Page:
What Is a Central Bank Digital Currency (CBDC)?
Central bank digital currencies are digital tokens, similar to cryptocurrency, issued by a central bank. They are pegged to the value of that country’s fiat currency.
A central bank digital currency or CBDC is a virtual currency backed and issued by a central bank. As cryptocurrencies and stablecoins have grown in popularity, central banks around the world have realized that they must provide an alternative to physical money or risk missing out on the future of money.
Thousands of digital currencies, often known as cryptocurrencies, have already been created. Cryptocurrencies may be centralized, but the government doesn’t issue them—consider the Diem project, which has been started by Facebook. However, Bitcoin and its competitors are examples of decentralized cryptocurrencies.
Cryptocurrencies are based on distributed ledger technology (DLT), which means that a transaction’s accuracy is being constantly validated by devices throughout the world rather than by a single central hub.
CBDC is managed on a digital ledger (which may or may not be a blockchain), speeding up and securing payments between banks, institutions and individuals.
Digital currencies issued by central banks are currently one of the most revolutionary innovations in the global financial ecosystem. In the financial world, there have been a lot of questions about the Crypto vs. CBDC discussion. Let’s look at various concepts surrounding CBDCs and a comparison between cryptocurrencies and central bank digital currencies.
Nigeria’s CBDC (E-Naira) EXPLAINED.
eNaira is a central bank digital currency (CBDC) backed by law, the full sovereignty of Nigeria, issued by the Central Bank of Nigeria as a legal tender. It is the digital form of the Naira and is used just like cash. The eNaira wallet is a digital storage that holds the eNaira.
E-naira ADOPTION RATE SINCE INCEPTION
eNaira struggles with 0.5% adoption rate amid Nigeria’s high ranking in crypto use
Recent reports have suggested that the eNaira has struggled to find its footing among the targeted users since its inception in 2021.
The eNaira was designed to be the digital form of the naira and had made its mark as the first national digital currency in Africa.
During its launch by the Central Bank of Nigeria (CBN) in October last year, officials promised it would open up avenues for financial inclusion and fiscal benefits aimed at boosting the economy.
One year down the line, the eNaira is still struggling to make its mark on the financial consciousness of Nigerians, especially the well-grounded crypto-savvy population.
According to a Bloomberg report, the adoption rate of eNaira has been put at a very low level as just less than 0.5% of Nigeria’s 217 million population have confirmed to use the government-backed digital currency.
This comes amid the country’s high ranking as the top country in Africa and 11th position in global crypto adoption by Chainalysis, an American blockchain analysis firm.
Another report by KuCoin also revealed that about 35% of the Nigerian population within the 18 to 60 age bracket owned or traded cryptocurrencies this year. For crypto-savvy citizens, the confusion in the adoption of the eNaira comes amid the FG’s decision to outlaw cryptocurrency trading in the country’s commercial banks.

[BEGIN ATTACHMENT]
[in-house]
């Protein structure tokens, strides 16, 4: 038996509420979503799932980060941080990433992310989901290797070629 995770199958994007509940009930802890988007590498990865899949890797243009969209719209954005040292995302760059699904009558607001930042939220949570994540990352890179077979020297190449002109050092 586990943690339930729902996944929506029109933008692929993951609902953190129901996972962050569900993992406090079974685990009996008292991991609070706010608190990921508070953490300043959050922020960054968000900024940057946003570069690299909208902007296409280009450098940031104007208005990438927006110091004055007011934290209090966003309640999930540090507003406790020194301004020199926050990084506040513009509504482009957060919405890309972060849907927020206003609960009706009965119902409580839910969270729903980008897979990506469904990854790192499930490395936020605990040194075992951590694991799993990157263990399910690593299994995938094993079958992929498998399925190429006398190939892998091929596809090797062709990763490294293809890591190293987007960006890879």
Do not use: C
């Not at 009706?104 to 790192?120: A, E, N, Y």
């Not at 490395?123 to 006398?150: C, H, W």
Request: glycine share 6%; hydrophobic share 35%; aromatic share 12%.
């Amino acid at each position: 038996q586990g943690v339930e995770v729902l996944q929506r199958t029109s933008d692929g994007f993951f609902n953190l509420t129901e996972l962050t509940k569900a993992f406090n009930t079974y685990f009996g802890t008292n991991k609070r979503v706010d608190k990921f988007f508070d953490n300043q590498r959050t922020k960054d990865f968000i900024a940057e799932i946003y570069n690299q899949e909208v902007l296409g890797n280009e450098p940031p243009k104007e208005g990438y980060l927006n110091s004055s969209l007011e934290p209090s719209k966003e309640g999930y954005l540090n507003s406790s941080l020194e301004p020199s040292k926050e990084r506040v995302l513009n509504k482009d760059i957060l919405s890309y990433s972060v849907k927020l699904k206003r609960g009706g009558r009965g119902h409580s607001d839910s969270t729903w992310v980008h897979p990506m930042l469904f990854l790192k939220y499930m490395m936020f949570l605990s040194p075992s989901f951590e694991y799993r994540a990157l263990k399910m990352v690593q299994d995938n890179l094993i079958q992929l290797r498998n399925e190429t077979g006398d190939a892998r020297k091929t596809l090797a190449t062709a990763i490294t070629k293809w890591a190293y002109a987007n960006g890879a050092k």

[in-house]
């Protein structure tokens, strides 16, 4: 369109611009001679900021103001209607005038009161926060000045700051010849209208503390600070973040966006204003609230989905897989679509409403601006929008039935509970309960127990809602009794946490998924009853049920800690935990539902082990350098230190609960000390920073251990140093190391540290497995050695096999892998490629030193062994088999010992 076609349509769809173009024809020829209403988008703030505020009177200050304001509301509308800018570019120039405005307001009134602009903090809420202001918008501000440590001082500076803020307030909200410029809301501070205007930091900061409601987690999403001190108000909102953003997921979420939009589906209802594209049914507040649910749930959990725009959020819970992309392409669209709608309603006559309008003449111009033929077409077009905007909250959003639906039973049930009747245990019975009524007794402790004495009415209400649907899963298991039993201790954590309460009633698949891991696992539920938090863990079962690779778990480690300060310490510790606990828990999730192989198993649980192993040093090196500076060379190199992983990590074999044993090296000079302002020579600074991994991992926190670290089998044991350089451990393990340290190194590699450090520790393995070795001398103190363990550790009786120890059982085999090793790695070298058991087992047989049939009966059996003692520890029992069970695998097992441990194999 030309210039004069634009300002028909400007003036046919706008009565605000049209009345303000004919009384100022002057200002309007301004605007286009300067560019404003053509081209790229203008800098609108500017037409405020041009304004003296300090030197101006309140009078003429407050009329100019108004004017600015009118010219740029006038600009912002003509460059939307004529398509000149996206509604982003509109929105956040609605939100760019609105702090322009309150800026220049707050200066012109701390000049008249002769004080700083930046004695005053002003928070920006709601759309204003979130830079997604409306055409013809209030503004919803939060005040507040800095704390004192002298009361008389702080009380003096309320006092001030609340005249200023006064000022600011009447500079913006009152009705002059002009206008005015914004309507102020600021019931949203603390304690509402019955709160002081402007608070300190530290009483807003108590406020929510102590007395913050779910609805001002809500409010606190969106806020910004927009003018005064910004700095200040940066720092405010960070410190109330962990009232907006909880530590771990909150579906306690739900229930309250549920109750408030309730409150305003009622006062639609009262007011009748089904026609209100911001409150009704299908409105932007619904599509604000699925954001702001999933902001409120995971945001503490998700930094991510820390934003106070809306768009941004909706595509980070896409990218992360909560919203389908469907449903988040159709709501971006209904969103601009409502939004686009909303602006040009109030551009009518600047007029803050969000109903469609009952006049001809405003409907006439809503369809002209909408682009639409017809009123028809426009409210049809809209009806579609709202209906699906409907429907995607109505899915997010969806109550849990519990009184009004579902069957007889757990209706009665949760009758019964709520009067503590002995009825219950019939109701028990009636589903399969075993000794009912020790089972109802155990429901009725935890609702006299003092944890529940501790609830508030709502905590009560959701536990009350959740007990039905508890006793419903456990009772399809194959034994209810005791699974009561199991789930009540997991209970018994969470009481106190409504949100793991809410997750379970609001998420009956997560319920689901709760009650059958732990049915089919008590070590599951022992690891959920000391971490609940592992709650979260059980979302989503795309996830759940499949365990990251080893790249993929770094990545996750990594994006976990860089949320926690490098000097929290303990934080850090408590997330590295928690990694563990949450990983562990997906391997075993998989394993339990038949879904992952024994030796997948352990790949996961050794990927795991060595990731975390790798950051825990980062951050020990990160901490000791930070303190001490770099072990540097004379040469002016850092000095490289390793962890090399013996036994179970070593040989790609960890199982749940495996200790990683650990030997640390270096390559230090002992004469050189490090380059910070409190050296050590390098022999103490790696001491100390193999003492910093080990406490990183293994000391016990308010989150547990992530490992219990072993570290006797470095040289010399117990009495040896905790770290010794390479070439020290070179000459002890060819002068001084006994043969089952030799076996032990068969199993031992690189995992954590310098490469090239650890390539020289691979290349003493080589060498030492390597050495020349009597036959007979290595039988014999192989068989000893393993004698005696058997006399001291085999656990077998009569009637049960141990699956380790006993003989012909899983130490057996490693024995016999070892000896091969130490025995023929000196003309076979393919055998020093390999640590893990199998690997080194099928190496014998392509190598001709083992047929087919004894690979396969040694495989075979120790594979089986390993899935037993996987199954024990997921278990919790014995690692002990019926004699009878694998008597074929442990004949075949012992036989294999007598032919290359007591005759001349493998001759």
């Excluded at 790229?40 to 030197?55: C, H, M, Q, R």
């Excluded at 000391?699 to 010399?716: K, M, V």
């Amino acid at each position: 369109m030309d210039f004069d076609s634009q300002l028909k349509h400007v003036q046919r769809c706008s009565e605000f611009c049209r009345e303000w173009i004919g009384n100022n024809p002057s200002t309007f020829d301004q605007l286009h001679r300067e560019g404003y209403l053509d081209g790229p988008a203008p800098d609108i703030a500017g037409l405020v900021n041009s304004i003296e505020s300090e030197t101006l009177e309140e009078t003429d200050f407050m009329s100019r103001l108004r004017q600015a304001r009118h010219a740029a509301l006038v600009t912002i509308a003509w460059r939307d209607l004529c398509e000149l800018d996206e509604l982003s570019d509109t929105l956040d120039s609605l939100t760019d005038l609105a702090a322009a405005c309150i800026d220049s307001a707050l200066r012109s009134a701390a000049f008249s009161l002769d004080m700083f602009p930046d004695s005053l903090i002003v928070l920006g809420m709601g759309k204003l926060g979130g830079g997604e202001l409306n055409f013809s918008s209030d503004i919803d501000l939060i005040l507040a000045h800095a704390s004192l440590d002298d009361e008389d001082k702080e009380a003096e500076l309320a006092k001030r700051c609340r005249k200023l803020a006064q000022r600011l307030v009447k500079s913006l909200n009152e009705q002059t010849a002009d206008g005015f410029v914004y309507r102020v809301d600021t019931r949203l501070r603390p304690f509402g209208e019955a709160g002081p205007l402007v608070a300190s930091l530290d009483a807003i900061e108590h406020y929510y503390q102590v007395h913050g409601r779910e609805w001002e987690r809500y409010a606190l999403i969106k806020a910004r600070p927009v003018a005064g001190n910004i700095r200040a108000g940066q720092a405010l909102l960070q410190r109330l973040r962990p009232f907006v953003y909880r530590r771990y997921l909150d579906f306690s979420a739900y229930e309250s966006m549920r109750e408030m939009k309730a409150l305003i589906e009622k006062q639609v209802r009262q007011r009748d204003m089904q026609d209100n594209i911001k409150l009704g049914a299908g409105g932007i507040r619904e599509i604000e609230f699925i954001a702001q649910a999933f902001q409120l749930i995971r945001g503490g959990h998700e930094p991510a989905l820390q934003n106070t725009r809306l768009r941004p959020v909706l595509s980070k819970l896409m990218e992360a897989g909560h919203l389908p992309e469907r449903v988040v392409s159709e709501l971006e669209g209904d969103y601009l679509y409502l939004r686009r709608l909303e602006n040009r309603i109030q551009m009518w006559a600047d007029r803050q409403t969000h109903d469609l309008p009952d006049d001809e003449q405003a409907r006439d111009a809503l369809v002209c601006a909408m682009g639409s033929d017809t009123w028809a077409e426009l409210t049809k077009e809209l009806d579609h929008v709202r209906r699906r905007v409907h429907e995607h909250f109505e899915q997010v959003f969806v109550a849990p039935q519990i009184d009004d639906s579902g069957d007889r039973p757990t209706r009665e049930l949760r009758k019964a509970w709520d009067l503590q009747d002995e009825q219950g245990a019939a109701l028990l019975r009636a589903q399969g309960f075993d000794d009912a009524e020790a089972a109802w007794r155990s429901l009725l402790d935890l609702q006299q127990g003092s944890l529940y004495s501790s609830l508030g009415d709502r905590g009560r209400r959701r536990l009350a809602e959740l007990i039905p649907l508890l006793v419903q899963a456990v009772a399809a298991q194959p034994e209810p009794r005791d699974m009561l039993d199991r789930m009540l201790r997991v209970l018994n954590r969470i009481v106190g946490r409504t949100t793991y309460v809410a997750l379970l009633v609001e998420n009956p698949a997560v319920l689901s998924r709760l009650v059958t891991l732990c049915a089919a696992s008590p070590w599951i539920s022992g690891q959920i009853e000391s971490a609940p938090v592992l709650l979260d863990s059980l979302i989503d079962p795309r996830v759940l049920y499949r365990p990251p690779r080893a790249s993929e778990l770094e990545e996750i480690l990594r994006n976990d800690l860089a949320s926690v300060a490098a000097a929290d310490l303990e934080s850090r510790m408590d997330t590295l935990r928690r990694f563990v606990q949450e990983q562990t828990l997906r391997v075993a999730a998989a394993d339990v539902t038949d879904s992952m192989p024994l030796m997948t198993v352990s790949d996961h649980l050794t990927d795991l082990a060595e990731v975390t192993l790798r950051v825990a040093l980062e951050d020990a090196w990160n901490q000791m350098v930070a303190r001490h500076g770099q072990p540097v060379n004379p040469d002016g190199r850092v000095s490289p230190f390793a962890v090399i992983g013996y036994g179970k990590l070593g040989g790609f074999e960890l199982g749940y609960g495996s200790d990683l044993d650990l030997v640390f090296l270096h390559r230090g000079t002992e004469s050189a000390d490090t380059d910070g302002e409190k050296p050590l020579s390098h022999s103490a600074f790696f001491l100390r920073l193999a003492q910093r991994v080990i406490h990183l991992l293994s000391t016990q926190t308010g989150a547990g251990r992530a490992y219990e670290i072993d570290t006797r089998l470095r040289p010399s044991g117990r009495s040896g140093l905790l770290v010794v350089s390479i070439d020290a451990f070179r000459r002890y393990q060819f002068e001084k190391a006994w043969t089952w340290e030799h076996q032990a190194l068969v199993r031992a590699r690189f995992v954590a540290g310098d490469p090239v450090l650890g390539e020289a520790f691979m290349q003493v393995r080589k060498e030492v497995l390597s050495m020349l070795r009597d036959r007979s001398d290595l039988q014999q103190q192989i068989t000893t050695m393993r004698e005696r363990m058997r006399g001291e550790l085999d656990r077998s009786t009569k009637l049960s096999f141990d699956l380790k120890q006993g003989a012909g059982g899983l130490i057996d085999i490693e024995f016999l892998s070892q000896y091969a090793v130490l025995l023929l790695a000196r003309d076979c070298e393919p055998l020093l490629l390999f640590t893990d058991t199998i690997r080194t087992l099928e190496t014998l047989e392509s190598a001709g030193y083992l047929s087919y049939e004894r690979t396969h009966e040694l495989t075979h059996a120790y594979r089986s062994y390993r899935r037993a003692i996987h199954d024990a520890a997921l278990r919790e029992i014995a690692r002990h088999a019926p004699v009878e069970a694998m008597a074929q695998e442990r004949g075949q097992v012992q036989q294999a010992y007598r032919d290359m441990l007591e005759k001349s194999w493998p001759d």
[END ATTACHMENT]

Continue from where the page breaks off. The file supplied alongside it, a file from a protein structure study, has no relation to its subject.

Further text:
Many Nigerians have failed to see the difference between the government-backed eNaira and cryptocurrencies and thus have wondered the rationale behind Government’s decision to stop banks from trading cryptos.
The eNaira’s build is very similar to that of cryptocurrency as they share some unique properties. eNaira can be saved in digital wallets and also has similar distributed ledger technology as Bitcoin or Ethereum.
The CBN, in a move to mitigate the low adoption rate has commenced a nationwide awareness campaign to drive the adoption of the digital currency at the grassroots by offering a five per cent discount to drivers and passengers of the popular ‘Keke Napep’ that ply the city streets in a bid to increase usage.
This move may eventually turn out well for the apex bank’s prospects of pushing the eNaira as the CBN governor in August, proposed an adoption target of eight million users in its second phase.
Report credit Pulse.ng
The growth in crypto adoption went up by 21 per cent last year. According to the report, Men are much more likely to own crypto with 59 per cent of crypto holders being men and 41 per cent being women. Bitcoin (47 per cent) is the most popular digital asset in the nation, followed by Ethereum (25 per cent)
Most people owned either Bitcoin or Ethereum. Data from crypto-research firm Chainalysis suggests that crypto adoption in the US stands at 14%. Out of the 154 countries in the survey, the US ranked 8th.
It is also easy to buy Bitcoin in Nigeria. Today, Bitcoin has become part of our everyday lives and one of the most requested investment instruments. It can be bought almost all over the world, as long as you have access to the internet. It is also easy to buy Bitcoin in Nigeria.
- Nigeria has been ranked as the leading country per capita for Bitcoin and cryptocurrency adoption in the world according to a report by Statista.
- The survey found that 32% of Nigerians surveyed have used or owned crypto at some point.
- The survey also showed that around 300 million people globally in 2021 have owned or used crypto at some point in their lives.
According to recent data published by Statista, Nigeria ranks 1st globally as the leading country per capita for Bitcoin and cryptocurrency adoption, with nearly one-in-three Nigerians indicating they used or owned crypto assets in 2020.